Description"The Meeting of the Waters" lies a hundred yards to the north of the Dairy Bridge. Here the view is south along that last lap before the Greta loses its identity among the superior waters of the River Tees. The famous "Scott's Cave" is somewhere high-upon the left among the woods. Sir Walter is supposed to have composed some of Rokeby within its gloomy portals, a claim I think might just be a fanciful invention to gild the tourist trade, but perhaps I am too cynical, put it down to all that Loch Ness Monster stuff! In the poem, as Wilfred and Bertram attempt to get their hands on Mortham's treasure, the author writes: "Broad shadows o'er their shadows fell, Deeper and narrower grew the dell; It seemed some mountain; rent and riven, A channel for the stream had given, So high the cliffs of limestone grey Hung beetling o'er the torrents way, Yielding along their rugged base, A flinty footpath's niggard space, Where he, who winds 'twixt rock and wave, May hear the headlong torrent rave, And like a stead in frantic fit, That flings the froth from curb and bit, May view her chafe her waves to spray, O'er every rock that bars her way." From Rokeby by Sir Walter Scott 1771-1832.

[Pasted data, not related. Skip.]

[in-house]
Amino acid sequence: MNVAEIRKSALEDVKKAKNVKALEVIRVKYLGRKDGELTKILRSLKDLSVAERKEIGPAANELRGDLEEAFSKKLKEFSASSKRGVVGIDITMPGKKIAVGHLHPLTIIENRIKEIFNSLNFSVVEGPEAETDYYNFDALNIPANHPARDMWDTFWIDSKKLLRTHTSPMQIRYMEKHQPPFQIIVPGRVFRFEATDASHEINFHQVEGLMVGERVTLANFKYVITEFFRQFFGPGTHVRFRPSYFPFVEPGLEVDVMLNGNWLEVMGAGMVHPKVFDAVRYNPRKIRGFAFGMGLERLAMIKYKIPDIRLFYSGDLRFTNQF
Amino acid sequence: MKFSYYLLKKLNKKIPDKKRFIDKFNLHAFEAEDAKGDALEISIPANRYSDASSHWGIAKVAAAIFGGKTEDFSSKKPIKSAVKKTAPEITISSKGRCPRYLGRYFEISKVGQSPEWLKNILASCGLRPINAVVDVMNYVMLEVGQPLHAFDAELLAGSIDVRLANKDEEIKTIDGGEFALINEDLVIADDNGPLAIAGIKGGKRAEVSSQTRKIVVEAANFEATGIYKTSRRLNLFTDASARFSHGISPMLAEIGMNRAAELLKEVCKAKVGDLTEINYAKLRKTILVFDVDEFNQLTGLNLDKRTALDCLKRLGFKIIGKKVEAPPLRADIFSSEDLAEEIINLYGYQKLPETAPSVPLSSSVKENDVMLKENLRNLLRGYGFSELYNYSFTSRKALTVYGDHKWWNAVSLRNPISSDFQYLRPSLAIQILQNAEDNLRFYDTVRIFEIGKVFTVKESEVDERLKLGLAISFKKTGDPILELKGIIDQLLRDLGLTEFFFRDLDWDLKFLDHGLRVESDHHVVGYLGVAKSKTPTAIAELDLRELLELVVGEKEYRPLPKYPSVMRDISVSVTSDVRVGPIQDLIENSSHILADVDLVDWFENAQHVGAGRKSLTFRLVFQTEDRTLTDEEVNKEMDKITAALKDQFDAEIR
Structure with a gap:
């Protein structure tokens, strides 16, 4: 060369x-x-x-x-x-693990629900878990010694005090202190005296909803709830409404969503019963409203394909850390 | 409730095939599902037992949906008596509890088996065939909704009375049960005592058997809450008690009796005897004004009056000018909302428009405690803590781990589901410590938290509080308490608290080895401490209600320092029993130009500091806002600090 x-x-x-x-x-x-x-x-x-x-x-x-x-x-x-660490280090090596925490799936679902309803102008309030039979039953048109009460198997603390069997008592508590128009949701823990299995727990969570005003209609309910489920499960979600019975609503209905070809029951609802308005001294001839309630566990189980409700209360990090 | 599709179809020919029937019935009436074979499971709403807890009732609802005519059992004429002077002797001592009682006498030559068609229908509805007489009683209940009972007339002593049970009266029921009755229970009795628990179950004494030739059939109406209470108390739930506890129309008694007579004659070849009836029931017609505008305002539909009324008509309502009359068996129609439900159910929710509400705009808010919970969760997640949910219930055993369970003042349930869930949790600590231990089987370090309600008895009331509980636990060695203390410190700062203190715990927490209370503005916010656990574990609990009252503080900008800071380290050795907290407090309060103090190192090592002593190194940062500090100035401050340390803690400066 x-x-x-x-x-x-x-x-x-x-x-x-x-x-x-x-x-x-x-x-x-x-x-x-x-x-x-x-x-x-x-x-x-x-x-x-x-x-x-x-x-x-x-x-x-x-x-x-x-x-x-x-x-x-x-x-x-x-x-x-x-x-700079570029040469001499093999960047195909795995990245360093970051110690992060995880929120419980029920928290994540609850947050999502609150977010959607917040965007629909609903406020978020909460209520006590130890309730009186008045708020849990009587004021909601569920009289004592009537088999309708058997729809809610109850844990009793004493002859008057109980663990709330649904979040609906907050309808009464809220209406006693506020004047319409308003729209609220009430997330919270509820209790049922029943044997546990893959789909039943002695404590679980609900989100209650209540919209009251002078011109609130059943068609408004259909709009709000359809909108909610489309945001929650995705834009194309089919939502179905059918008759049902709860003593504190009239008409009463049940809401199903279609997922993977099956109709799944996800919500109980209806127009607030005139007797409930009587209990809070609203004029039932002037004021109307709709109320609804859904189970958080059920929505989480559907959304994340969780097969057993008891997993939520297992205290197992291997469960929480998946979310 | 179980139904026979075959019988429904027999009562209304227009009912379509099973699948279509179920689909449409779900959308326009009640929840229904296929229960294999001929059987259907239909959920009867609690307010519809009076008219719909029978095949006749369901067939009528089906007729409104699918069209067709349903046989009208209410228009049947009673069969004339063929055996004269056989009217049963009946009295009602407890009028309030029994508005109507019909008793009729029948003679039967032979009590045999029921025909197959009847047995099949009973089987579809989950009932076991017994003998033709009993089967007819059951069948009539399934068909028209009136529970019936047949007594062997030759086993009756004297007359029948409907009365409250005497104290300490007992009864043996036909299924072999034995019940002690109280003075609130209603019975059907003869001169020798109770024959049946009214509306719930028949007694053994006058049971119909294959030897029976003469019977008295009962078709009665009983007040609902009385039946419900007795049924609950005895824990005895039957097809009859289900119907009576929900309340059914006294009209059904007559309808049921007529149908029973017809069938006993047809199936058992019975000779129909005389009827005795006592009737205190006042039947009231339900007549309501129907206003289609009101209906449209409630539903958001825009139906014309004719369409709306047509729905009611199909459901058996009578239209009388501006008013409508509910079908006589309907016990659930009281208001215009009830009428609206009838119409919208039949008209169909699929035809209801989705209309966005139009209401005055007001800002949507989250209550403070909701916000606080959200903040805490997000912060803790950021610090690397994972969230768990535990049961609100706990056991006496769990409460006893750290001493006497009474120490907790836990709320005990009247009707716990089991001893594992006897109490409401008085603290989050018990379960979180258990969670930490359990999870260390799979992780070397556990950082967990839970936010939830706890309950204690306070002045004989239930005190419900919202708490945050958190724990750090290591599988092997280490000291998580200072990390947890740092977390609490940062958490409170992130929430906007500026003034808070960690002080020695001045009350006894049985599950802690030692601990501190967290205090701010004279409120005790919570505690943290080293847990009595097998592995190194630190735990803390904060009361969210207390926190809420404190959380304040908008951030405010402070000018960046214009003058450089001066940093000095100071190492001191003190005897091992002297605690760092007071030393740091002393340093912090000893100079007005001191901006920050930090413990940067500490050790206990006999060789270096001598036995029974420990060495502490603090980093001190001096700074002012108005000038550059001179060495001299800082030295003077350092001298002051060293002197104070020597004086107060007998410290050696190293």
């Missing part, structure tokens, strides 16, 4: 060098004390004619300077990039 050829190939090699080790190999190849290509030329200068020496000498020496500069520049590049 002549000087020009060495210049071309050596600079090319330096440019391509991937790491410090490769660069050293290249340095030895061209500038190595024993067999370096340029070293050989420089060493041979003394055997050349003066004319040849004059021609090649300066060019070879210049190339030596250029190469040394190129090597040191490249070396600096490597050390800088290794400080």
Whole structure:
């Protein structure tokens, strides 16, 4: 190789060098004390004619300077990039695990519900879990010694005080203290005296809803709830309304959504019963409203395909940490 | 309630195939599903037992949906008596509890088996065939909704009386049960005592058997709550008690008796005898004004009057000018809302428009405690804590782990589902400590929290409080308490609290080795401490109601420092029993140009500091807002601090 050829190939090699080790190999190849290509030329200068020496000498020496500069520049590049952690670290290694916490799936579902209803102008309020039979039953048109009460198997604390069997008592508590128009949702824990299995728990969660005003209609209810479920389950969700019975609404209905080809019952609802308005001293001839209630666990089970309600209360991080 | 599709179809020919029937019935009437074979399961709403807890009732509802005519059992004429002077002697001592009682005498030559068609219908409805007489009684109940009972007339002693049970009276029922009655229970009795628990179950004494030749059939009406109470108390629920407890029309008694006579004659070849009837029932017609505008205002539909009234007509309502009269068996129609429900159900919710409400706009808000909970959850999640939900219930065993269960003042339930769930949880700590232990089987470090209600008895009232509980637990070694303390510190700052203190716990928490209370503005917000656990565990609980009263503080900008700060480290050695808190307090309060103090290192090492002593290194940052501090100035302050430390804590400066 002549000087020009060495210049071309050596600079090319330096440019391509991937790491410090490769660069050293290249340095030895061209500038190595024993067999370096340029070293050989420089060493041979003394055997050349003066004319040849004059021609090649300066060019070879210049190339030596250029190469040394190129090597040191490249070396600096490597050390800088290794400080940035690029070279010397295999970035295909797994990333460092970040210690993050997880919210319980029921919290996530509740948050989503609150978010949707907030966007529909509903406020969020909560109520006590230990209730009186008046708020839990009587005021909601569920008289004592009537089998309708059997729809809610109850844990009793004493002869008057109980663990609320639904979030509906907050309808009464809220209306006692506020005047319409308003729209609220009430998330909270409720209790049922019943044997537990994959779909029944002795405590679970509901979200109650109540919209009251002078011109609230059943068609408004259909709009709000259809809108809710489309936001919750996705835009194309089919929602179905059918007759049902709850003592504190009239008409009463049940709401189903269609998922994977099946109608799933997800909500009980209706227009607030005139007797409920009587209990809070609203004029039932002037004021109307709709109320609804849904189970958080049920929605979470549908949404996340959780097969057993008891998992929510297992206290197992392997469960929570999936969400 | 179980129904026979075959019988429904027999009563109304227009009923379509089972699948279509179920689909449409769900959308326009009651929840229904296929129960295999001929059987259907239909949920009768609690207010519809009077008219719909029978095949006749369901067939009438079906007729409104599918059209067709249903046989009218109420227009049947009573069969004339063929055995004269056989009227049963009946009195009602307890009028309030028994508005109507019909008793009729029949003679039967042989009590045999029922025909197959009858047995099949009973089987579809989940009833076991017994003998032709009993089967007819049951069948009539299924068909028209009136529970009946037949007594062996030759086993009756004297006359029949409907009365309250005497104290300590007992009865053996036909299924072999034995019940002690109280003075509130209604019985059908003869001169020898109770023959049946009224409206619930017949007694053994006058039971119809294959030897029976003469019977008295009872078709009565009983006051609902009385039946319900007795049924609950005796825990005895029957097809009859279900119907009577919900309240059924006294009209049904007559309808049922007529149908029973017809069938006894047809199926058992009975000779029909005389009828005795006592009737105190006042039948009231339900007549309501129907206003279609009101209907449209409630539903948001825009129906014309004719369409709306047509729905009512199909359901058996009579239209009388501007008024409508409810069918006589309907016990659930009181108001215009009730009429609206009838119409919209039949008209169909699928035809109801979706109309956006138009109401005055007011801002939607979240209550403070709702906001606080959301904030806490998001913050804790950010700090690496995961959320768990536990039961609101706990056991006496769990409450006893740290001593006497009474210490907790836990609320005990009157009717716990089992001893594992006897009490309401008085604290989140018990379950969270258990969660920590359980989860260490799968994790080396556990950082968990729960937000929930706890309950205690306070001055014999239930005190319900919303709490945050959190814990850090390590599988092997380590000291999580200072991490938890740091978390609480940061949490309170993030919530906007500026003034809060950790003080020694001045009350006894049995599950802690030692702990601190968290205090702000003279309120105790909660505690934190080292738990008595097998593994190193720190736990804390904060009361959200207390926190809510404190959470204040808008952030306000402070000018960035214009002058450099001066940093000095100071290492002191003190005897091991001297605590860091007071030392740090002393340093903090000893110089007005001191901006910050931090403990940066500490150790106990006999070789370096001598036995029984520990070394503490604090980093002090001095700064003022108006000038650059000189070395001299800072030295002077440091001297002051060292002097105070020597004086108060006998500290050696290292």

LicenseWhat does this mean? Attribution License
Further informationLink: https://www.flickr.com/photos/8521690@N02/8677777609/
Resource type: Image
Added by: Simon Cotterill
Last modified: 5 years ago
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